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Stauffer syndrome, clinical implications and knowledge gaps, does size matter? Case report

Abstract

Background

Stauffer Syndrome (SS) is a paraneoplastic disorder associated with renal cell carcinoma (RCC). First described by Herbert Maurice Stauffer in 1961, it is characterized by hepatic dysfunction in the absence of metastasis, and elevated alkaline phosphatase, aminotransferases and prolonged prothrombin time. Initial reports did not include jaundice as an inclusion criterion. We aim to report the rare SS jaundice variant in a patient with a small renal mass and review the literature to determine if the size of the renal mass could influence the development of the SS.

Case presentation

The aim of this article is to present the case of a 53-year-old male with Stauffer syndrome jaundice variant secondary to a 2.5 cm renal mass, treated with laparoscopic radical nephrectomy with complete resolution of the syndrome.

Conclusions

This syndrome is yet to be fully understood, and as far as the evidence shows, size does not matter. This entity should always be in mind when encountered with a patient with liver dysfunction and jaundice with a suspicion or confirmed diagnosis of a renal mass. To date, and to our knowledge, there have been eleven reported cases of paraneoplastic cholestatic jaundice syndrome including the current case. Six cases presented in patients with small renal mases (< 4 cm), curiously there were not a laterality tendency.

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Background

Renal cell carcinoma (RCC) accounts for 2% of all cancers. The classic diagnostic triad of palpable abdominal mass, hematuria and right flank pain is only present in 10% of patients [1]. It has been related to many paraneoplastic syndromes, ranging between neuromyopathy, polycythemia, malignant hypercalcemia, anemia, and liver dysfunction [2]. Stauffer syndrome (SS) is one of the most characteristic paraneoplastic syndromes associated with RCC. First described in 1961 by Herbert Stauffer, the five originally reported cases presented: hypernephroma (nowadays RCC), hypoalbuminemia, hypergammaglobulinemia, high alkaline phosphatase (ALP), prolonged prothrombin time (PT) with normalization of liver function tests (LFTs) after tumor resection [3]. The incidence in patients with RCC varies between 3 and 6% [4, 5]. Development of SS has been associated with bad prognosis [4, 5], a few case reports of SS include jaundice as a diagnostic variable [6]. Most case reports have usually shown very large renal masses [7].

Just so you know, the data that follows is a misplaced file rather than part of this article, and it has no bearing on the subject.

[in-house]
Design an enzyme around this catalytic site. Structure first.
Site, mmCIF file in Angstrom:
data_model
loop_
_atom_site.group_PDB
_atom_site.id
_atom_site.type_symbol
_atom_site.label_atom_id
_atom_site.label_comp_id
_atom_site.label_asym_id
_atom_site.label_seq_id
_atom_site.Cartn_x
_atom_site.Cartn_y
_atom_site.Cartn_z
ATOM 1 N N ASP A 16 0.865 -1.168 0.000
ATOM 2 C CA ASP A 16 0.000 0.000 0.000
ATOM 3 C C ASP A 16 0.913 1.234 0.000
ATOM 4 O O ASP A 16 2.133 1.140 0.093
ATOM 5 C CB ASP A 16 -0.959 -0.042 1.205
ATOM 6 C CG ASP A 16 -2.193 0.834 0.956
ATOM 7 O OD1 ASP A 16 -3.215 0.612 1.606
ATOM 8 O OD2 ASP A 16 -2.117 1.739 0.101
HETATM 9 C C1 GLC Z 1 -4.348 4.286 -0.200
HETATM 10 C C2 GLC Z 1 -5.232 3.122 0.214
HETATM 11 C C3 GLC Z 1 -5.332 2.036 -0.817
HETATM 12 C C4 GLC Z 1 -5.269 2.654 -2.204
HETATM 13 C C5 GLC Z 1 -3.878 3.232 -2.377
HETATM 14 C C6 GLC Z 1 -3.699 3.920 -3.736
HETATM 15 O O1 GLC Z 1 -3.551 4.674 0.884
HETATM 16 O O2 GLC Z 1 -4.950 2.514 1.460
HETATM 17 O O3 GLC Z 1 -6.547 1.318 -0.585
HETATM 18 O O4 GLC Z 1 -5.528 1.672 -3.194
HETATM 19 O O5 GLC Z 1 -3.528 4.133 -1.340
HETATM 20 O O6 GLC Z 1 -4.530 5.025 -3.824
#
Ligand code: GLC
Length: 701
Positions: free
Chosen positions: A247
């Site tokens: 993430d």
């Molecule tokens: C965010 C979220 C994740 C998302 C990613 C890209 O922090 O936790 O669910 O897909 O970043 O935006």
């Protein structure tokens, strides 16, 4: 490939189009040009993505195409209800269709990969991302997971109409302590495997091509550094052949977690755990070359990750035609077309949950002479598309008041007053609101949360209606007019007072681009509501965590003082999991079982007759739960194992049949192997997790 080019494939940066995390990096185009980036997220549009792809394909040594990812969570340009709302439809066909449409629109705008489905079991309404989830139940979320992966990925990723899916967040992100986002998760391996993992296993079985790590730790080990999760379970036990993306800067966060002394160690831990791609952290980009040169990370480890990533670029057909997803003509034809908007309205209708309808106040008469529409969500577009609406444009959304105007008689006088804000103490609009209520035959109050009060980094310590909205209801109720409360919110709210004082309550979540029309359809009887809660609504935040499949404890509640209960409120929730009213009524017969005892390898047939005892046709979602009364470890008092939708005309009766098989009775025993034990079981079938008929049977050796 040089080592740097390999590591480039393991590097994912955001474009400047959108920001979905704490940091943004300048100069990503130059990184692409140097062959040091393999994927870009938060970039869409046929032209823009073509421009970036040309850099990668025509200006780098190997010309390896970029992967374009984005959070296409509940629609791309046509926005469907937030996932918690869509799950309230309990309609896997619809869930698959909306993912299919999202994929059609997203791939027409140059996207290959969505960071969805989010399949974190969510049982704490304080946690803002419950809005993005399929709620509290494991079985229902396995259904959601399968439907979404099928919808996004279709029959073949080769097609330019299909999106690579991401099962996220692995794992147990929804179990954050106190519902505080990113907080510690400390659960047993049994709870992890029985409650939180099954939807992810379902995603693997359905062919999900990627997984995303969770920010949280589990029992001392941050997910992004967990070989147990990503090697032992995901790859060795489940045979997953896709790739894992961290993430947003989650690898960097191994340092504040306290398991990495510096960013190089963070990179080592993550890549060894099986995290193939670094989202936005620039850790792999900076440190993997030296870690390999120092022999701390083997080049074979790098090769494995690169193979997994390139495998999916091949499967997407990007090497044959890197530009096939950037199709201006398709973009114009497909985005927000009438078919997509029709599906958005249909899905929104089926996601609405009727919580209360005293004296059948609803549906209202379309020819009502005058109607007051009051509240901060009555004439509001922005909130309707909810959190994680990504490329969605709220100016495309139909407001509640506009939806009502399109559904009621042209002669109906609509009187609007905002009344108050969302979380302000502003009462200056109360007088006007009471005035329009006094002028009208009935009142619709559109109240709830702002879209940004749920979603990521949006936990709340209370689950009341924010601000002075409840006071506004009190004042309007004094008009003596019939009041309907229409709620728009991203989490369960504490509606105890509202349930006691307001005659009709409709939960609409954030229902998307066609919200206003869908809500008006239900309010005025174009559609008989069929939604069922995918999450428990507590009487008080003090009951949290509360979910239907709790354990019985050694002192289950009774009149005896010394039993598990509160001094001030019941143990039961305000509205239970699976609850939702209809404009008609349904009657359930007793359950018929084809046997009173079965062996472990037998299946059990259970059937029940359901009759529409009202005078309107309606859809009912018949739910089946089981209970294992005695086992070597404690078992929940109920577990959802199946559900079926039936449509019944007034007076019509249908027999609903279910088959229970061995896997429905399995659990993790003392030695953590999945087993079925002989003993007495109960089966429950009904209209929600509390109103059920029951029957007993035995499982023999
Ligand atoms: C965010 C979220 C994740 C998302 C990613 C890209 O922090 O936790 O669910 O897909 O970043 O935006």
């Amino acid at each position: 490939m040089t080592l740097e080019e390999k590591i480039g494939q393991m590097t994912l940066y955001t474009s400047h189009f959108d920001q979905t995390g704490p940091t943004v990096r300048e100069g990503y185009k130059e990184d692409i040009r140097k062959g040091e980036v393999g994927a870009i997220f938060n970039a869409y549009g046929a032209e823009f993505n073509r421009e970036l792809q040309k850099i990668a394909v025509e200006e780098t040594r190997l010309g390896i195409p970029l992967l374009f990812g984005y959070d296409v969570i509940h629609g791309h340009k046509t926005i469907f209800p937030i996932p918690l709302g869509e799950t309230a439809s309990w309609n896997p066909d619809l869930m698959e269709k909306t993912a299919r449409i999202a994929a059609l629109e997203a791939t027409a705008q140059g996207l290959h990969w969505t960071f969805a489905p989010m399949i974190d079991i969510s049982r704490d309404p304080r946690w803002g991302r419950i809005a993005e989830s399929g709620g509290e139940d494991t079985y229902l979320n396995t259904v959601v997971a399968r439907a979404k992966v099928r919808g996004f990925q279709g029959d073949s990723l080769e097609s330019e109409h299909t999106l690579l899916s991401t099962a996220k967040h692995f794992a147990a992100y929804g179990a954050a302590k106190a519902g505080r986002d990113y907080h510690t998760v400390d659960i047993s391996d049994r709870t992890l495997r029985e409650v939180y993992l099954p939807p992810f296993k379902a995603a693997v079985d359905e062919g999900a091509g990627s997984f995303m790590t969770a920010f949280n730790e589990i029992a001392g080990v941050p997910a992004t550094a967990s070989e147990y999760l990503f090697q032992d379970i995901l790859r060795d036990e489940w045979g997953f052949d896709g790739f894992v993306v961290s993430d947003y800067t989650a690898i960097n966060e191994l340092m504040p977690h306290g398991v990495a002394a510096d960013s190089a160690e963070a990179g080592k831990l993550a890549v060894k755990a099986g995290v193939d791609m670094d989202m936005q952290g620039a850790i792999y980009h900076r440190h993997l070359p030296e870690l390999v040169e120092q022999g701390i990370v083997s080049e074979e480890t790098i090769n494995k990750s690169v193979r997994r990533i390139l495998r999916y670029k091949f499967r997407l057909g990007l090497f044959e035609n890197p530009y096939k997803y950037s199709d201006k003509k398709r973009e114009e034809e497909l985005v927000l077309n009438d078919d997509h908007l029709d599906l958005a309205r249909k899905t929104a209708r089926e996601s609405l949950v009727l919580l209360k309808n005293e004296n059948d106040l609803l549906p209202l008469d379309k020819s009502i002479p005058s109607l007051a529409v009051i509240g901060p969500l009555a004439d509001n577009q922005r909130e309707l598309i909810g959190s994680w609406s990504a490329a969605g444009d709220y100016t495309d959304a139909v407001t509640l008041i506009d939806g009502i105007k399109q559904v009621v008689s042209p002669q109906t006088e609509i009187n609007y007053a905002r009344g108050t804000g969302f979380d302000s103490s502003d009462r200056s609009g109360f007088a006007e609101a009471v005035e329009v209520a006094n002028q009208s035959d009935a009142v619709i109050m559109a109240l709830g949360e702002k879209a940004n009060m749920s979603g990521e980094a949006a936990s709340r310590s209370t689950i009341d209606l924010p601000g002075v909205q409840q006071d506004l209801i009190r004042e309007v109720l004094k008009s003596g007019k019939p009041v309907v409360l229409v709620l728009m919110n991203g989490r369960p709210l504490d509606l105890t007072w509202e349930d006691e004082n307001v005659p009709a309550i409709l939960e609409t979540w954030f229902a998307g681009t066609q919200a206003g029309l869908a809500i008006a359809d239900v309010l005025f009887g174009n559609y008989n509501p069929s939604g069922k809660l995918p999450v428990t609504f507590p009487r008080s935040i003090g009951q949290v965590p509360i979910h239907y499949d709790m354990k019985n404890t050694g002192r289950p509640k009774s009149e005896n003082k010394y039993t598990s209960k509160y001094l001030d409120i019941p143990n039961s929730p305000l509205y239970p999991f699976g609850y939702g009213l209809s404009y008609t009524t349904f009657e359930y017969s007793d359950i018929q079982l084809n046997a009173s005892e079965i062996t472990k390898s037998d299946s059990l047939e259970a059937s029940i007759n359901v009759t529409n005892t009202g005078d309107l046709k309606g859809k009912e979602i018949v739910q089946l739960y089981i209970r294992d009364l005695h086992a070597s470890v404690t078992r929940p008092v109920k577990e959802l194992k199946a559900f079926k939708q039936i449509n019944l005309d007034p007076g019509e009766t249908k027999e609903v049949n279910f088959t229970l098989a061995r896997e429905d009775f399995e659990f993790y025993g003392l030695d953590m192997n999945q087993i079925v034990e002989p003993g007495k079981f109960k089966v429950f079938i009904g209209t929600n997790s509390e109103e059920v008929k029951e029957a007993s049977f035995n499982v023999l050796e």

The aim of this article is to present the rare case of a 53-year-old male with a small renal mass (SRM), who developed SS with jaundice and liver dysfunction, and underwent laparoscopic radical nephrectomy with complete resolution of the syndrome features after treatment of the primary lesion.

Case presentation